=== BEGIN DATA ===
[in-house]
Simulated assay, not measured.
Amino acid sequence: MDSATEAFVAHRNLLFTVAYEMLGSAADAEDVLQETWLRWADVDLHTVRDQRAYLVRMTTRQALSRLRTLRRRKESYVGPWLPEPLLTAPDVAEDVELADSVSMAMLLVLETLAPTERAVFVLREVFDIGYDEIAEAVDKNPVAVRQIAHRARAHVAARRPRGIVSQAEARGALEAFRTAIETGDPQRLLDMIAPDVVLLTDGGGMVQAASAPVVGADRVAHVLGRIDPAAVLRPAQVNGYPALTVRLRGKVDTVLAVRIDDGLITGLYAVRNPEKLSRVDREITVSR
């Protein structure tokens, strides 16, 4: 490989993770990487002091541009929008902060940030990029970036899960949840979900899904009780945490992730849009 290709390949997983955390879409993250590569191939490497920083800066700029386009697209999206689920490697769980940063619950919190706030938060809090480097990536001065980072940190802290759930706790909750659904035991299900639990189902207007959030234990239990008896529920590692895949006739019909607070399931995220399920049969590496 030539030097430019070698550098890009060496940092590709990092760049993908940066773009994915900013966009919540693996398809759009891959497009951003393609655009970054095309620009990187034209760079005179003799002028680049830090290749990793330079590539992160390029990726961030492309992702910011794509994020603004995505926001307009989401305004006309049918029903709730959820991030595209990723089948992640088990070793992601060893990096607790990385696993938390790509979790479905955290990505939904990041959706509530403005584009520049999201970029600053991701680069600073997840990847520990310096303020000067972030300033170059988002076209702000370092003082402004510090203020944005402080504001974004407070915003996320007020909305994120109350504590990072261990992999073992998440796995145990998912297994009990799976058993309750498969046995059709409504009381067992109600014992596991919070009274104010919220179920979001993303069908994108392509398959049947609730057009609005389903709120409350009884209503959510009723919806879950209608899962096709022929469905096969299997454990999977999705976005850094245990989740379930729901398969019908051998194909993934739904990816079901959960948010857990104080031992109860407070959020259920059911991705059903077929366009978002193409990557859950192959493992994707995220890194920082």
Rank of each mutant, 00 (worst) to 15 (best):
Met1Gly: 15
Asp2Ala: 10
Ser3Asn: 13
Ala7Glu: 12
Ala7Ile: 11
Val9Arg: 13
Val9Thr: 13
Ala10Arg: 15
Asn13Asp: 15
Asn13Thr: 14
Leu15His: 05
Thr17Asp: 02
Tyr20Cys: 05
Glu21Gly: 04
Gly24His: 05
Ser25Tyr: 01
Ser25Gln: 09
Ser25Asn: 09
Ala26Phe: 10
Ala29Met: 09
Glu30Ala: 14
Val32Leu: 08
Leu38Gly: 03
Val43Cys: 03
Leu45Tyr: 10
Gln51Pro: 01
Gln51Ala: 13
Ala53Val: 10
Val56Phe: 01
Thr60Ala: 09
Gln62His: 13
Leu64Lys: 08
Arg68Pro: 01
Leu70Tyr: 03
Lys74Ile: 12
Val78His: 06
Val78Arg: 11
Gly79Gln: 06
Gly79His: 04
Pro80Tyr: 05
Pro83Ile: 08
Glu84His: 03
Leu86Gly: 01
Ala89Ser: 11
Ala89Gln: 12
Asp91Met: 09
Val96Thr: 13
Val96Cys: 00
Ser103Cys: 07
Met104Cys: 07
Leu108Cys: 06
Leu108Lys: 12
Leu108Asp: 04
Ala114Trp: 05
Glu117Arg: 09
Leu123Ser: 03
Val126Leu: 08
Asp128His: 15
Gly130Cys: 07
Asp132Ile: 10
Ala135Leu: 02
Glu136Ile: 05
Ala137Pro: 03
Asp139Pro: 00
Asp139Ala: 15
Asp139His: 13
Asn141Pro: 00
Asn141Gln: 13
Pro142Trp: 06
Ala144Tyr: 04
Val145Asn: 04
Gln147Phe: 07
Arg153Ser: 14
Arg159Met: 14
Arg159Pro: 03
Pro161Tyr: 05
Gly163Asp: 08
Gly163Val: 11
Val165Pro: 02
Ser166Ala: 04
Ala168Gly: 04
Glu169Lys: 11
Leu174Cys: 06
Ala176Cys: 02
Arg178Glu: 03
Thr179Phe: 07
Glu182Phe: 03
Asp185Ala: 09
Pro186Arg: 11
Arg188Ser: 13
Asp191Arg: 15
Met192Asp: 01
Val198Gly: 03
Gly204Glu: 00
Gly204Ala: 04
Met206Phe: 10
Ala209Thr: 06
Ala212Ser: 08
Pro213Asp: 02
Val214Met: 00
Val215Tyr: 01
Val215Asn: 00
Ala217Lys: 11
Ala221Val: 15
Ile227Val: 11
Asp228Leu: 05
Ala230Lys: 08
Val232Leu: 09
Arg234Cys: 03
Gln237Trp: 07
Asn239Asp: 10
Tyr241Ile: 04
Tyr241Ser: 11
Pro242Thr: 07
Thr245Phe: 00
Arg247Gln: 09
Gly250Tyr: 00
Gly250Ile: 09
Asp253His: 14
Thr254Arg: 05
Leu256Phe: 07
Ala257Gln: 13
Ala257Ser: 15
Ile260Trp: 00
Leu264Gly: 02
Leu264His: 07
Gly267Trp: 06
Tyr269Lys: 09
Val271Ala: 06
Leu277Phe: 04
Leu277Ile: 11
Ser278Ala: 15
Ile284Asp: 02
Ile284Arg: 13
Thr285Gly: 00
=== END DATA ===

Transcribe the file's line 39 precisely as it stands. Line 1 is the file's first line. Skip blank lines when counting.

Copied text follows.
Leu70Tyr: 03